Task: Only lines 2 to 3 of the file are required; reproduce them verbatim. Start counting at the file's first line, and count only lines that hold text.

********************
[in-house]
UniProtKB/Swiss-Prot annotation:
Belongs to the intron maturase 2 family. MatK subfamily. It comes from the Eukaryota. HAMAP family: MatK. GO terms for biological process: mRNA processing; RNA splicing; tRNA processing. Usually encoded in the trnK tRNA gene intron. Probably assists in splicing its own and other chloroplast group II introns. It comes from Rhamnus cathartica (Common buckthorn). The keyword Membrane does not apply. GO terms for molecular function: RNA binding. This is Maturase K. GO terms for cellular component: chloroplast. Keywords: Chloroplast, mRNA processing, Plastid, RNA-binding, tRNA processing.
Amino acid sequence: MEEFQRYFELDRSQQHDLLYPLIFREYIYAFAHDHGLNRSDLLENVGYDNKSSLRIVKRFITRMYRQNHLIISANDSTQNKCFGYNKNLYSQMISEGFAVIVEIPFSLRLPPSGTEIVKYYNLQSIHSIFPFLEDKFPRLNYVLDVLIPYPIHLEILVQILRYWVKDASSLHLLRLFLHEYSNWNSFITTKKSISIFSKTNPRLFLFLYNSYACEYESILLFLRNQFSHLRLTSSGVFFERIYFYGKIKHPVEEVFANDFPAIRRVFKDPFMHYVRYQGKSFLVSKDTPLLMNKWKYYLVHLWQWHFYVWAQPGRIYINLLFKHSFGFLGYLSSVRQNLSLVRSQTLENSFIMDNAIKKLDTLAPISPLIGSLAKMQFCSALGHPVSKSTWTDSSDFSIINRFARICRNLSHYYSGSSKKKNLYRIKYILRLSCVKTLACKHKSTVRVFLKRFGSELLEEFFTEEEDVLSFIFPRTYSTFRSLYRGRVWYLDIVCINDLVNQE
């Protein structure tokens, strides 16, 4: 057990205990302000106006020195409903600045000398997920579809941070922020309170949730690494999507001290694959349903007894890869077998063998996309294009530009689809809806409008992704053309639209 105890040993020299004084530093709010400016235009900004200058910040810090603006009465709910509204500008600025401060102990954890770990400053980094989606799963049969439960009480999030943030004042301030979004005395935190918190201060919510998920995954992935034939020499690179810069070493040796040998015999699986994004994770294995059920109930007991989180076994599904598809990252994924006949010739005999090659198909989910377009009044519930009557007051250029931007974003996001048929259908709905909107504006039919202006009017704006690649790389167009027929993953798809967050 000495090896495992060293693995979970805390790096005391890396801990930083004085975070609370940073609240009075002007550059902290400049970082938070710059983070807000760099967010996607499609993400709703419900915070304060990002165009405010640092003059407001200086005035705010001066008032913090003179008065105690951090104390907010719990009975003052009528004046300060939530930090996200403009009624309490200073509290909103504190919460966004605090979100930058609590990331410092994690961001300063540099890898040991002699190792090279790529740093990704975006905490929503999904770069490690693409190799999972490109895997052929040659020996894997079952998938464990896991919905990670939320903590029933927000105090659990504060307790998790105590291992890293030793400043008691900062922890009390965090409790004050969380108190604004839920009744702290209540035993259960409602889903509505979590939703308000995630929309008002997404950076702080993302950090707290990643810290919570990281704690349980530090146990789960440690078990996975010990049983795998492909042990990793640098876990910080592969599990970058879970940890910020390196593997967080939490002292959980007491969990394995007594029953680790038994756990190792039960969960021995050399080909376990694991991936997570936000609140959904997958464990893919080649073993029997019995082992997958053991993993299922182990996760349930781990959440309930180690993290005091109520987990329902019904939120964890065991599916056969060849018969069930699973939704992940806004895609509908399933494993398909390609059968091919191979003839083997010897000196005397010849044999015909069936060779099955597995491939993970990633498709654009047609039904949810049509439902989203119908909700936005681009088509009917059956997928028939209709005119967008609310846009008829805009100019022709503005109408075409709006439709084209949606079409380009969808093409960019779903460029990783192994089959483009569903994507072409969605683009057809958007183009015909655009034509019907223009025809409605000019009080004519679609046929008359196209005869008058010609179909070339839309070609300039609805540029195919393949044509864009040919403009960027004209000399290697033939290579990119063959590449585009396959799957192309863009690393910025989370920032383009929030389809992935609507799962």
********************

UniProtKB/Swiss-Prot annotation:
Belongs to the intron maturase 2 family. MatK subfamily. It comes from the Eukaryota. HAMAP family: MatK. GO terms for biological process: mRNA processing; RNA splicing; tRNA processing. Usually encoded in the trnK tRNA gene intron. Probably assists in splicing its own and other chloroplast group II introns. It comes from Rhamnus cathartica (Common buckthorn). The keyword Membrane does not apply. GO terms for molecular function: RNA binding. This is Maturase K. GO terms for cellular component: chloroplast. Keywords: Chloroplast, mRNA processing, Plastid, RNA-binding, tRNA processing.